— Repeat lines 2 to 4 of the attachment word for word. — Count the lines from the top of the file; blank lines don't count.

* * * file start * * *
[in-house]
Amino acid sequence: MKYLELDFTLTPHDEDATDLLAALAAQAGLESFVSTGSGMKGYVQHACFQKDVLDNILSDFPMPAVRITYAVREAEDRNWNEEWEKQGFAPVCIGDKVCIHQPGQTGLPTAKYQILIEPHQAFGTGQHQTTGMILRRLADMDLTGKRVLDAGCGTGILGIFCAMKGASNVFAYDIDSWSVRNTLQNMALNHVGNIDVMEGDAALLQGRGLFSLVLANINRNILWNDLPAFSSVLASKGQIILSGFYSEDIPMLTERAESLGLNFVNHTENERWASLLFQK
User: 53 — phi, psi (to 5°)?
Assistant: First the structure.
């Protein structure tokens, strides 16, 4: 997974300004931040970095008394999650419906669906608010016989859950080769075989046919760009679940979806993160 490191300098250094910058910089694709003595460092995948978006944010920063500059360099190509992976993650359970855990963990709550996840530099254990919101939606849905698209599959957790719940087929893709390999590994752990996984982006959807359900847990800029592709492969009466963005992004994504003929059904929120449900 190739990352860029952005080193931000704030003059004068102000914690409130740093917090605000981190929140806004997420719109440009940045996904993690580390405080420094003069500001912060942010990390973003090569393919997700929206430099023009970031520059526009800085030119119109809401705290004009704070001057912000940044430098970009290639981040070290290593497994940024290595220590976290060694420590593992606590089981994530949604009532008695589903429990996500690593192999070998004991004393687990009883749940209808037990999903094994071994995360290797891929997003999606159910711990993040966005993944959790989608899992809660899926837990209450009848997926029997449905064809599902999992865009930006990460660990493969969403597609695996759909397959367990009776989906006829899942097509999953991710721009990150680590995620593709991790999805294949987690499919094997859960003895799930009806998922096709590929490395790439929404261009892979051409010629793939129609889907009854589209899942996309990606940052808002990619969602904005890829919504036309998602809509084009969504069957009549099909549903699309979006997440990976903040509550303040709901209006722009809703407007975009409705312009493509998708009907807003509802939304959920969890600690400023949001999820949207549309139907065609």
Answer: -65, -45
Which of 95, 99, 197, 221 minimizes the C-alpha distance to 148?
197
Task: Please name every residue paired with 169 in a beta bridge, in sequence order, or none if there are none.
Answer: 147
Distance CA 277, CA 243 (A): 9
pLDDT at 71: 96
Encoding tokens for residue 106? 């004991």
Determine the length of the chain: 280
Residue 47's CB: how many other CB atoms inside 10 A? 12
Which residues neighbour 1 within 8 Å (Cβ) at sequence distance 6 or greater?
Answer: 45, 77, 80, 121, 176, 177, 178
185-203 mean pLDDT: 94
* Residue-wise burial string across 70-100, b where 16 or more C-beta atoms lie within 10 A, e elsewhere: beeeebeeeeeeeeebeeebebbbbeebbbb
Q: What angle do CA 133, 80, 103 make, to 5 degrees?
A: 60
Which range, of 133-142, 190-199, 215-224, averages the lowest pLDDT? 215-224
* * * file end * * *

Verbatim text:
Amino acid sequence: MKYLELDFTLTPHDEDATDLLAALAAQAGLESFVSTGSGMKGYVQHACFQKDVLDNILSDFPMPAVRITYAVREAEDRNWNEEWEKQGFAPVCIGDKVCIHQPGQTGLPTAKYQILIEPHQAFGTGQHQTTGMILRRLADMDLTGKRVLDAGCGTGILGIFCAMKGASNVFAYDIDSWSVRNTLQNMALNHVGNIDVMEGDAALLQGRGLFSLVLANINRNILWNDLPAFSSVLASKGQIILSGFYSEDIPMLTERAESLGLNFVNHTENERWASLLFQK
User: 53 — phi, psi (to 5°)?
Assistant: First the structure.